The company expects the mine to continue operating for at least another seven years on current known resources, longer if further resources are identified.

The Sukhaybarat mine is located about 250km north-west of Mahd Ad Dahab and produces around 50,000oz of gold a year. It is mined to a depth of 130m through the conventional drill and blast technique. The company expects to get another four years of production at current levels by re-profiling the current open pit. While the current site has a limited lifetime, Ma’aden has identified a number of nearby locations. Bulgah, 65km to the south-west, has been identified as having 30 million tons and is delivering at a rate of one gram of gold per ton.

Industrial materials and joint ventures

In addition to gold, the kingdom is also extracting large amounts of industrial materials, with annual output of around 3,600 tons of zinc and 1,000 tons of copper. While the majority of the resources are extracted from the site at Mahd Ad Dahab, Ma’aden is also developing operations at its Al Amar mine where zinc and copper concentrate are extracted and sold to third parties for smelting.

To further develop copper mining in Saudi Arabia, Ma’aden recently formed a joint venture with Barrick Gold to operate the Jabal Sayid copper mine. Expected to become operational in early 2015, the mine is forecast to deliver 100-130 million ton of copper in each of its first five years of operation and continue for a further ten years with an overall expected output of 1.4 billion pounds.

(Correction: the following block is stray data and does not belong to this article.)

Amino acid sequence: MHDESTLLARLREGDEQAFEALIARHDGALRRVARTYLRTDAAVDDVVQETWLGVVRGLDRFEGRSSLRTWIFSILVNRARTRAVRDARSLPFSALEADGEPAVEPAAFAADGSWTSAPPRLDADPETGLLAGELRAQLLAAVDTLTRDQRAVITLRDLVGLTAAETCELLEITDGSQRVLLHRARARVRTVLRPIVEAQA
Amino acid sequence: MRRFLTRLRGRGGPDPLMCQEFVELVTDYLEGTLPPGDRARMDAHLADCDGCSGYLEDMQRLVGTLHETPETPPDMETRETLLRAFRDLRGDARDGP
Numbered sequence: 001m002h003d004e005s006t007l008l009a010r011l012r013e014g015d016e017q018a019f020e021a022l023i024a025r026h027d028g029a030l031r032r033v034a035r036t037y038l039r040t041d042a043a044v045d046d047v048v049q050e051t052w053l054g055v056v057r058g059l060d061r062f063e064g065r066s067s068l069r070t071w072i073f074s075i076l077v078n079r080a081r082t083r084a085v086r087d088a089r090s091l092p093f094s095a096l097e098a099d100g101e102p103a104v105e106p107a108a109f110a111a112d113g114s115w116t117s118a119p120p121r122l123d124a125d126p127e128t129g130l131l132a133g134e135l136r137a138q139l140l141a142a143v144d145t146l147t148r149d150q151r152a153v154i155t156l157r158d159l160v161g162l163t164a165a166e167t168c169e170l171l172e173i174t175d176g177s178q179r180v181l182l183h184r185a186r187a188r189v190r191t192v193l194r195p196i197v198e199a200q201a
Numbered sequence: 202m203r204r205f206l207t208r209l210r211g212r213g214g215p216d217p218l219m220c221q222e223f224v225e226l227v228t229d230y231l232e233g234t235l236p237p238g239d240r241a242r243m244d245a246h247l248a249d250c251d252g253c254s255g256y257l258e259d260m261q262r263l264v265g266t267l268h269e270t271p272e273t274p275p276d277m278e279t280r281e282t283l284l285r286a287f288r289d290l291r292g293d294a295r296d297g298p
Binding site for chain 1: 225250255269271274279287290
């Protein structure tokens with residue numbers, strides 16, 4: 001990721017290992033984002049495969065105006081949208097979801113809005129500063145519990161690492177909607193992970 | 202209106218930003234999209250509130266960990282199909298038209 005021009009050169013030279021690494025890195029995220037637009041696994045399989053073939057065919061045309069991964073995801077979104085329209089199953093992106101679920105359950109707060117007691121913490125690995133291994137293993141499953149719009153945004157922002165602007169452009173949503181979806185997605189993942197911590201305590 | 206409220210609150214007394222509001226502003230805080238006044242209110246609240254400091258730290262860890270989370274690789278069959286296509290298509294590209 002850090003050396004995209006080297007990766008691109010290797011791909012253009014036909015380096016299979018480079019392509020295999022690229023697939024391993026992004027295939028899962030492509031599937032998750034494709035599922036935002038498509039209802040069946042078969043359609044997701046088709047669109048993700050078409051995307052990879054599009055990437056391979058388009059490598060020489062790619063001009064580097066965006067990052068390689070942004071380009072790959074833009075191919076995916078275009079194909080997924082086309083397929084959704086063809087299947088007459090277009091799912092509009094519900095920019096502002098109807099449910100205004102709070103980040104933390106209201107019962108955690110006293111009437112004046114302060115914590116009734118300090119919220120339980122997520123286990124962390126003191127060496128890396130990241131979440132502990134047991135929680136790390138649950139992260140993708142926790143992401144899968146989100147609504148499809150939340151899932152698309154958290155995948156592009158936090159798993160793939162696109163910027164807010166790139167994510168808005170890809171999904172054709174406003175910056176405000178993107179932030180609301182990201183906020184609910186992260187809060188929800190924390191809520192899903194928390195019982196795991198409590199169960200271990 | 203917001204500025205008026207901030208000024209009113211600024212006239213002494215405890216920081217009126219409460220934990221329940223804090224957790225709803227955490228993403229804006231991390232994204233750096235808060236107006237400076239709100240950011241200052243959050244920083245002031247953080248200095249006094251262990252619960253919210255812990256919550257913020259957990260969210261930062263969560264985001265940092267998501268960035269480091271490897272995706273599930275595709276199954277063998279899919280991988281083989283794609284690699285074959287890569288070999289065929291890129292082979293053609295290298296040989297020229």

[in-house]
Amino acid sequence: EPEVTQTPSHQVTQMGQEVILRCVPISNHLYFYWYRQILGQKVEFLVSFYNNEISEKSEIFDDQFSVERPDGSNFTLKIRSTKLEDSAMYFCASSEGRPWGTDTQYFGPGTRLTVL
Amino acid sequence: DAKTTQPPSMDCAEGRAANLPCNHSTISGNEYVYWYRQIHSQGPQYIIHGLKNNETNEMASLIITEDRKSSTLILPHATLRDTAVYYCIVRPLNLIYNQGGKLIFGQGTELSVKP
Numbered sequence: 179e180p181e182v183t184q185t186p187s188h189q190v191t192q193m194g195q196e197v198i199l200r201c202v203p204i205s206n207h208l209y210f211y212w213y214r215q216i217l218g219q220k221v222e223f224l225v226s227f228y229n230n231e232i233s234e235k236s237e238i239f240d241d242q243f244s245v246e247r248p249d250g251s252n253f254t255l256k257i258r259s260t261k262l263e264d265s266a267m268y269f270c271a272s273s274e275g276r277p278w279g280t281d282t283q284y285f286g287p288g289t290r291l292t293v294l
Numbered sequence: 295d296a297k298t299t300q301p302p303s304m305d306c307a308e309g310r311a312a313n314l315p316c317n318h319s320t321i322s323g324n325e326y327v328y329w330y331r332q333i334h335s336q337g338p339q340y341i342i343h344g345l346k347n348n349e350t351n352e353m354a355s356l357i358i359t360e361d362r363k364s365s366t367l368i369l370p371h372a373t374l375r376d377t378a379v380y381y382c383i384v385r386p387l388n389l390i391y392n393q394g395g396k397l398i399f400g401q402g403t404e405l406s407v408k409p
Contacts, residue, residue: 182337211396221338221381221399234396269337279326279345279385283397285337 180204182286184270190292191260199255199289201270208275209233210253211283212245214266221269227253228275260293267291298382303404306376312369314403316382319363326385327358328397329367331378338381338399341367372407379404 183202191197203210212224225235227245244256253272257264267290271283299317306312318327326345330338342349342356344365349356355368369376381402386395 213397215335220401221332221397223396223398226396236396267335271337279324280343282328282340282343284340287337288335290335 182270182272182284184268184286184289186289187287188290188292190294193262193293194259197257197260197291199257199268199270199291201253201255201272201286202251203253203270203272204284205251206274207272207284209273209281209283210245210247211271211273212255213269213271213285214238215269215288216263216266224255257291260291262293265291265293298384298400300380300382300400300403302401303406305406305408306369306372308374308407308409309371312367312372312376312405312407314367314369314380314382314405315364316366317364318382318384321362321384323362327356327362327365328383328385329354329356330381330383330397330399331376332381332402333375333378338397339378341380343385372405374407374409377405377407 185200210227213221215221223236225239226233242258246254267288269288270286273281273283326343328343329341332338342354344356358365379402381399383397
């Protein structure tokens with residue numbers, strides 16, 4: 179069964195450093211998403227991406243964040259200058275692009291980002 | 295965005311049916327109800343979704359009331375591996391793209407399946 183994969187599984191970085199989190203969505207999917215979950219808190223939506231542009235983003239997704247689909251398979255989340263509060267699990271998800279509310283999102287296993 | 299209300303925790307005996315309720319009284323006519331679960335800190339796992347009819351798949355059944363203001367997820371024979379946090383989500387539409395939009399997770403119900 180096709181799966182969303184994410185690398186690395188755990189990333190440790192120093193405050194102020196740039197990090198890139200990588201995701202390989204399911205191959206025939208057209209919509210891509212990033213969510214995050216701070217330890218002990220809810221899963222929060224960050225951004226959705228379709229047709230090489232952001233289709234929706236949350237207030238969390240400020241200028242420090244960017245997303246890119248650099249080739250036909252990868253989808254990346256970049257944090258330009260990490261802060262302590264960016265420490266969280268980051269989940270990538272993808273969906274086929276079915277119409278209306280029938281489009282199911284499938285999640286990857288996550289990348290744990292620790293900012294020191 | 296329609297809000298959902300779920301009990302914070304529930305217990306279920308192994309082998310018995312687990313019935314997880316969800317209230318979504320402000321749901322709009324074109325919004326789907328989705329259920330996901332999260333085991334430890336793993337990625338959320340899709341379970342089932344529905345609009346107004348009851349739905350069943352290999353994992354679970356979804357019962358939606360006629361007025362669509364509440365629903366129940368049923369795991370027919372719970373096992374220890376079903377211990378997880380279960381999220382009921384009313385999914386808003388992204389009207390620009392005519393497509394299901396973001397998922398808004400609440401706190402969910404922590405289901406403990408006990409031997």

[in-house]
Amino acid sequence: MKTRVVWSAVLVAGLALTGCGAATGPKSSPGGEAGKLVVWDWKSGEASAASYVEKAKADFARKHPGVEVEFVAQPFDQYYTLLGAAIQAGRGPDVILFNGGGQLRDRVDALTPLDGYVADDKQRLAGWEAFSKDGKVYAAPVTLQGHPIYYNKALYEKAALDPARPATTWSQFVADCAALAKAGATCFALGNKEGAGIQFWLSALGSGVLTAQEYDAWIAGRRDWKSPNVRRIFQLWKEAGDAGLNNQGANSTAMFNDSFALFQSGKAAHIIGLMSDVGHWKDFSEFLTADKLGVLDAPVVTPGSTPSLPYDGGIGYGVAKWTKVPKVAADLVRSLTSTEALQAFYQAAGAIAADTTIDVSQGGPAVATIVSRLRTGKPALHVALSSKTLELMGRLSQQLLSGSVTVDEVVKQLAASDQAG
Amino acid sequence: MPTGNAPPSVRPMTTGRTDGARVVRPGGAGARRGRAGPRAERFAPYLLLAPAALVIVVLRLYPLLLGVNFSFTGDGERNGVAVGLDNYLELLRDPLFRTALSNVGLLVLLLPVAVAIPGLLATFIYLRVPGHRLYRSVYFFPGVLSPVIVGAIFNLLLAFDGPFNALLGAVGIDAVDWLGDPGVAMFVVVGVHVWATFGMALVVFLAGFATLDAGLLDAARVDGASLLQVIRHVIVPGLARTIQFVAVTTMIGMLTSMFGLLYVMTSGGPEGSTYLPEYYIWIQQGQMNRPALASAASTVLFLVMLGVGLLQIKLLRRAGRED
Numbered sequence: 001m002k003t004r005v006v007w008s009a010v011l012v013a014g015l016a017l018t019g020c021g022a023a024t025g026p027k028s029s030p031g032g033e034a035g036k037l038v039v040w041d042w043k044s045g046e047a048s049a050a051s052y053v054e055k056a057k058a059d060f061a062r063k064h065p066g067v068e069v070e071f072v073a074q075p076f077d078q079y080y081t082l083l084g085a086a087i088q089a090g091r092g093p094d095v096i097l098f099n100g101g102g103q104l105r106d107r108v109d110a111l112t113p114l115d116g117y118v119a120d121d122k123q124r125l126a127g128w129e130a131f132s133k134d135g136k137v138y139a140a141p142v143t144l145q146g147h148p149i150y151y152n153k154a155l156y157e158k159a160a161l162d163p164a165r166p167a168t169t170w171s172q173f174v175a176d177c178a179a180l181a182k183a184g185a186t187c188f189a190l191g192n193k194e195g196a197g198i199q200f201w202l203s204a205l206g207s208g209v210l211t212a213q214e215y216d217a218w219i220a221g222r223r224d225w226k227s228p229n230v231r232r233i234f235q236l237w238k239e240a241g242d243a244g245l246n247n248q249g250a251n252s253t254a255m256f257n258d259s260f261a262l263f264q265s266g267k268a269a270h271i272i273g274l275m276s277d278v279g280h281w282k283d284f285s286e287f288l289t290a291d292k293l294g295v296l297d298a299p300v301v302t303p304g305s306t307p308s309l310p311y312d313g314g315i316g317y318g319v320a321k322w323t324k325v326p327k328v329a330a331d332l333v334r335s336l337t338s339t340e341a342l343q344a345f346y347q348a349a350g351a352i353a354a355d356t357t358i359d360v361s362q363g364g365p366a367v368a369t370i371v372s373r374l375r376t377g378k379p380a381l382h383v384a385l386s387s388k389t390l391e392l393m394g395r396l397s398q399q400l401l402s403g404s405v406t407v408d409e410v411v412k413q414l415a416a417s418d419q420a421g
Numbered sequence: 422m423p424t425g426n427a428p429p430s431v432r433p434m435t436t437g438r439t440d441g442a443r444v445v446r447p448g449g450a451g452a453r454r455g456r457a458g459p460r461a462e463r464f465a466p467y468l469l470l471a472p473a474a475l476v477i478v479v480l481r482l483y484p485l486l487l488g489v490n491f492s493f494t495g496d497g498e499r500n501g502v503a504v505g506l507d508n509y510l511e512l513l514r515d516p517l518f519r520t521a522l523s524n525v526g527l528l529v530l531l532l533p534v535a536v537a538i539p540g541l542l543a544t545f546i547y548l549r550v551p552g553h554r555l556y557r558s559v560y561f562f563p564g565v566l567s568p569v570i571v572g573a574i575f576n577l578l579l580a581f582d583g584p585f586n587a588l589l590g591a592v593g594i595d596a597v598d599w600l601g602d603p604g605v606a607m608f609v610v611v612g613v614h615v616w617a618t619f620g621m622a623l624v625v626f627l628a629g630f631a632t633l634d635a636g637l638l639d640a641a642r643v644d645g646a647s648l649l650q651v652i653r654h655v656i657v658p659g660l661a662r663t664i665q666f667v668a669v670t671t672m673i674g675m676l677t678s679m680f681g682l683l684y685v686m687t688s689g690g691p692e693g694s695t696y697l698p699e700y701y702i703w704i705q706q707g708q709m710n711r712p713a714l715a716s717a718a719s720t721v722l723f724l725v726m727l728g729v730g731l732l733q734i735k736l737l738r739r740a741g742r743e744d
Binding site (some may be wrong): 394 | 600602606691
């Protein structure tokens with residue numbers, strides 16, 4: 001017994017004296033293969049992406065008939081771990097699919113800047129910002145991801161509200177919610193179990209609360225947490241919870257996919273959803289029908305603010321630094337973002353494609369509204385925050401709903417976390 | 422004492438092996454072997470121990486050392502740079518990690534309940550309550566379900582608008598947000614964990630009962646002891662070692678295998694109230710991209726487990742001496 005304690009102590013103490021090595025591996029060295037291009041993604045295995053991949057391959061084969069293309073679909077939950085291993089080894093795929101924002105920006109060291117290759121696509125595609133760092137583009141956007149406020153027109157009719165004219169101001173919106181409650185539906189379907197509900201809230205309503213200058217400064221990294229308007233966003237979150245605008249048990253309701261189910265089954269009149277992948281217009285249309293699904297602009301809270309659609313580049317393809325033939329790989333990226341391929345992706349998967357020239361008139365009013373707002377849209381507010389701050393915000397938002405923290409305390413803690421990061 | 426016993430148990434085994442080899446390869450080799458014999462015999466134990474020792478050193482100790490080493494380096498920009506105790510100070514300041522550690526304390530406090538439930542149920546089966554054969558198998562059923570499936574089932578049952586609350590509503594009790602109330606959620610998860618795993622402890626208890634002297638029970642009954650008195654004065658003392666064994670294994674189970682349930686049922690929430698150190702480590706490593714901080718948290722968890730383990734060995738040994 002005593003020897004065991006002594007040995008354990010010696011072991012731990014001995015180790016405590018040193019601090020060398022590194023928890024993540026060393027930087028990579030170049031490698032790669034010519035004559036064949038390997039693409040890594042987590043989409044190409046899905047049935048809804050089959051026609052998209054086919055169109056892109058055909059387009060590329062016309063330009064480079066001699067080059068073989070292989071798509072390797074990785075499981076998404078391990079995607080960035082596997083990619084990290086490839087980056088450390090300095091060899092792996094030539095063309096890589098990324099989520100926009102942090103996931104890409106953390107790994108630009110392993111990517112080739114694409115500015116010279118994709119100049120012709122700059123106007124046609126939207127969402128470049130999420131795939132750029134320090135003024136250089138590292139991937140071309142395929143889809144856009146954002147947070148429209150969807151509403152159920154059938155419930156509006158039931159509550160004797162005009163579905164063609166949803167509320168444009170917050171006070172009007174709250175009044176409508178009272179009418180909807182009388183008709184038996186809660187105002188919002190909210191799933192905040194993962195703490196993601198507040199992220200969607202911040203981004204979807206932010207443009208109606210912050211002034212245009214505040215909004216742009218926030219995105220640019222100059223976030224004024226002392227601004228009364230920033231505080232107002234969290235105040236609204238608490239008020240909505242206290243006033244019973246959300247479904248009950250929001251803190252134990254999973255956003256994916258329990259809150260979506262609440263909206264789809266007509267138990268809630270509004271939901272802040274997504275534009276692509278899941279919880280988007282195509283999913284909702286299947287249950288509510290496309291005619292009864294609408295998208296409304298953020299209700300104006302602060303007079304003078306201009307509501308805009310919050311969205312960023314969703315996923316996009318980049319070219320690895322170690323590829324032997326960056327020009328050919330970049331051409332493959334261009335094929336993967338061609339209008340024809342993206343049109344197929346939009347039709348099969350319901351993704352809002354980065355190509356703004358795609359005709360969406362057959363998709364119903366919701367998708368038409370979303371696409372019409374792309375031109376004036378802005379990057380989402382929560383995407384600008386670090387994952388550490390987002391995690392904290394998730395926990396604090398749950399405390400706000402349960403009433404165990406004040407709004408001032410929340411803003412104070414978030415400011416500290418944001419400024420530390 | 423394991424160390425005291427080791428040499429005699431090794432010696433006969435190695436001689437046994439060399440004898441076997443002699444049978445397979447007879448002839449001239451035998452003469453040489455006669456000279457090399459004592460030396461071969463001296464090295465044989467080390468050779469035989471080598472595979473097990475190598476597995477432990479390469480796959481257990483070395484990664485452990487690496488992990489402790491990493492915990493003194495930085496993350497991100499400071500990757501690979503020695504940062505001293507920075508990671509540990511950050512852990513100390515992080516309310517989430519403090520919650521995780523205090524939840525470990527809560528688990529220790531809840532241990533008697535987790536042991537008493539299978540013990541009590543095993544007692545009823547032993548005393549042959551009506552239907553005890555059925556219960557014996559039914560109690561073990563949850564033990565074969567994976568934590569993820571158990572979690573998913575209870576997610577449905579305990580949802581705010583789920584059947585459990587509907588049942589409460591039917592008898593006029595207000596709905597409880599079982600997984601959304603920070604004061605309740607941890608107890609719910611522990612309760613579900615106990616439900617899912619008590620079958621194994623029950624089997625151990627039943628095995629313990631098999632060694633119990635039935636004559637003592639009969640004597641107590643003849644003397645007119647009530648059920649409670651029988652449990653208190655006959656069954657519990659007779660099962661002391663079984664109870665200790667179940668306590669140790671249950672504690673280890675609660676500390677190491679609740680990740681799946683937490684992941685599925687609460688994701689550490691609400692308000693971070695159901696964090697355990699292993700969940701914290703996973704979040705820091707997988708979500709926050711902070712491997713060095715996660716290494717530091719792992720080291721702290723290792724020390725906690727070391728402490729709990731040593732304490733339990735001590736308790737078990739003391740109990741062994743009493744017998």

Bespoke steel and aluminium domes constructed by engineering company Geometrica are helping to settle age-old disputes.

Through a $10.8bn joint venture with Alcoa, the company has developed the world’s largest vertically integrated aluminium complex. At Al Baitha in north-eastern Saudi Arabia the JV is extracting bauxite at an expected rate of 4 million tons per year. The refinery, smelter and rolling mill to process the material are located in Ras Al Khair and are expected to produce 1.8 million tons per year. Production at the plant started on 1 September this year.

A global force in the phosphate market

The most promising prospect for the future of Saud Arabia and Ma’aden is phosphate. Highlighting its potential, the Saudi Geological Survey said: "Our phosphate deposits have the potential to make Saudi Arabia one of the top five global producers of phosphate." Through its subsidiary Ma’aden Phosphate Company, it is extracting 11.6 million tons per year at the 50km Al Jalamid site, which is also producing an estimated 5 million tons a year of flotation concentrate.

To support the site, the company has invested significant amounts in infrastructure, including a power plant, water treatment facilities. The company has also invested in road and rail to enable transportation to the processing plant in Ras Al Khair that consist of a phosphoric acid, sulphuric acid and ammonia plant. At full capacity, the operation will produce around 3 million tons per year of granular Diammonium Phosphate and around 400,000 tons of excess ammonia.

To further develop its phosphate operations Ma’aden is in the process of developing seven large plants in Wa’ad Al Shammal. Once completed, the ambitious project is expected to produce around 16 million tons a year of product including phosphate concentrate, sulphuric acid, phosphoric acid and sodium tripolyphosphate.

Saudi Arabia’s history of mining may have started to bolster the coffers of King Solomon, but it has lain almost dormant for the thousands of years that have passed since. Granted a new lease of life from fears over the country’s dominance of the oil market eroding and blessed by geological changes, Ma’aden, its investors and the established industry players it has partnered with look set to play a major role in the global mineral market.